Cert: U Runtime: 86 mins Director: Hayao Miyazaki Cast: Hitoshi Takagi, Noriko Hidaka, Chika Sakamoto and Toshiyuki Amagasa
To-to-ro? You’re Totoro!… I bet you’re Totoro…
Recently I’ve been re-watching some classic Anime movies, I realized I have yet to cover an anime film. For a very long time My Neighbor Totoro. So what is My Neighbor Totoro? Two young girls, Satsuke (Noriko Hidaka) and her younger sister Mei (Chika Sakamoto), move into a house in the country with their father to be closer to their hospitalized mother. Satsuke and Mei discover that the nearby forest is inhabited by magical creatures called Totoros (pronounced toe-toe-ro). They soon befriend these Totoros, and have several magical adventures.What most impressed me about this film is Miyazaki’s keen knowledge and expression of how it feels to be a child, how we perceive and react to the world around us, with energy, excitement, enthusiasm, imagination and curiosity. To me, this is what came across, most profoundly. Animation and sound are good overall in the film, nothing especially impressive. This is to be expected, as a first time feature length film director rarely is granted a large budget for their very first film. What’s impressive about “My Neighbor Totoro”, is the storytelling.
That’s what matters most, of course. Film is simply a highly visual medium of storytelling. Miyazaki based the story of the film on his own childhood, growing up in rural Japan during the 1950’s. All of the locations in the animated film, have their real life counterparts in Japan. Totoro can best be described as a large, gentle, friendly, furry, teddy bear-cat kind of creature, who is actually a spirit of the forest, near the new home of the two girls. Miyazaki is wise to hold off and wait until the halfway point of the story, to introduce the main character of Totoro, to build up the anticipation of Totoro’s arrival in the film. The cat bus is an especially charming and imaginative character that appears later in the film. Miyazki’s story telling style keeps some suspense going, regarding the mother’s relation to the story. Miyzaki’s film takes it’s time to slowly introduce it’s characters and become acquainted with them. Clearly, Miyazaki is a gifted storyteller, with heart and details in his characters and stories. What people appreciate most about his animated films is that they are about ordinary, common people in extraordinary situations and told with heart, charm, genuine emotion and special little details, regarding the characters, landscapes and inventions.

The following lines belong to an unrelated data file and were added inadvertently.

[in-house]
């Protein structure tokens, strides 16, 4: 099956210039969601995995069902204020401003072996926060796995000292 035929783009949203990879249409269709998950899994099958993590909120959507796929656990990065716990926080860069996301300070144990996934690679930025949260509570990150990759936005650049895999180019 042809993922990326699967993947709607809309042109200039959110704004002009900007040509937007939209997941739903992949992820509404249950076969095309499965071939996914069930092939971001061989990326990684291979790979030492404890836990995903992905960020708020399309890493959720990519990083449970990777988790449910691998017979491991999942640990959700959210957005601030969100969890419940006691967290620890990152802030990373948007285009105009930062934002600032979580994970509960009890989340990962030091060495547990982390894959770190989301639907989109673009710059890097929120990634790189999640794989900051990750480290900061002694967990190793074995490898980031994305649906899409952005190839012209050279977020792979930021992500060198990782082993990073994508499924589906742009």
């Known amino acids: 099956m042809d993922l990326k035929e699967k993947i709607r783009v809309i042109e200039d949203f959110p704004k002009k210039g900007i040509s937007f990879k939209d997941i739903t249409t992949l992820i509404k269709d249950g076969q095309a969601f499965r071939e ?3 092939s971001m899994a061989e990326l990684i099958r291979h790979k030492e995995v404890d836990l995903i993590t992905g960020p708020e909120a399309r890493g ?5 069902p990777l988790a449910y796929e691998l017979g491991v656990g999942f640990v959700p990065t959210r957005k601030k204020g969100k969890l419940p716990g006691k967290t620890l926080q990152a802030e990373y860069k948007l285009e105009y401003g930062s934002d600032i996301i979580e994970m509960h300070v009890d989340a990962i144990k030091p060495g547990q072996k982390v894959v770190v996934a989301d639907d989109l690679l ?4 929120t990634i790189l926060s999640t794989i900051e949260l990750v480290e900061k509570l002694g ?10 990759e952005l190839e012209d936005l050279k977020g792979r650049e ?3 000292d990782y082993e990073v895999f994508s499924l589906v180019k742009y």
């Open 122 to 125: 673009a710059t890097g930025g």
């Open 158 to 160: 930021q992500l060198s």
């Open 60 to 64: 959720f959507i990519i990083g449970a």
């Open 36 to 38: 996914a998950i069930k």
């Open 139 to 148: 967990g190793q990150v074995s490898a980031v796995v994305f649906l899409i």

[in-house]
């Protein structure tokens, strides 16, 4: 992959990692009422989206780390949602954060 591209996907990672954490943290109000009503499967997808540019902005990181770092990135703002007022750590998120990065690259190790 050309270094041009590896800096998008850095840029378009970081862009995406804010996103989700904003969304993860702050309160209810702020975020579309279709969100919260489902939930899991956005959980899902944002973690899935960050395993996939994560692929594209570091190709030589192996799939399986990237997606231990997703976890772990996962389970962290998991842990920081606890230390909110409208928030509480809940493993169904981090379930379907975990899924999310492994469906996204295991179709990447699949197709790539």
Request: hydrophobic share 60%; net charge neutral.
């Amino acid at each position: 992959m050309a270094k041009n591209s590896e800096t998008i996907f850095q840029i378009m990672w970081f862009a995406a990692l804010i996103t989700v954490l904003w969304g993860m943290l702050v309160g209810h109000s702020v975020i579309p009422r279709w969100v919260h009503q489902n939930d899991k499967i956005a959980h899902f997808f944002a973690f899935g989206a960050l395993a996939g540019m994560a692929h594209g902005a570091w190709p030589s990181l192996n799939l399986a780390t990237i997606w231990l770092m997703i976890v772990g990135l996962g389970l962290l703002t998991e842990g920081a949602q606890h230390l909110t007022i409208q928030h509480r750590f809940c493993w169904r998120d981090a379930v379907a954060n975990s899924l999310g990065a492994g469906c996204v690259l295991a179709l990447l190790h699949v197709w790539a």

When first released theatrically in Japan, “My Neighbor Totoro” was only modestly successful. When it was later released on television in Japan, it took off in popularity.Miyazaki’s animated films are the type that always present something new both in characters and inventions, in an engaging and captivating way. With most of his animated films, it always worth experiencing them again and they continue to delight and entertain, both children and adults alike.I consider myself a child at heart. I remember how it felt to be a child. How the world seemed so different at that time in life.. Children perceive and react to the world much differently than adults. Viewing a film such as “My Neighbor Totoro”, Miyazaki recaptures childhood very accurately. Doesn’t really matter he is Japanese. Children are children, with the same traits, all over the world, regardless of country or culture.To me, Miyazaki deserves comparison to the great animation pioneer, Walt Disney. I realize this is a big compliment, however I feel that Miyazaki has earned and deserves comparison to Disney. Like Disney, Miyazaki is also highly imaginative, artistic and detailed with his animation stories, as was Walt Disney.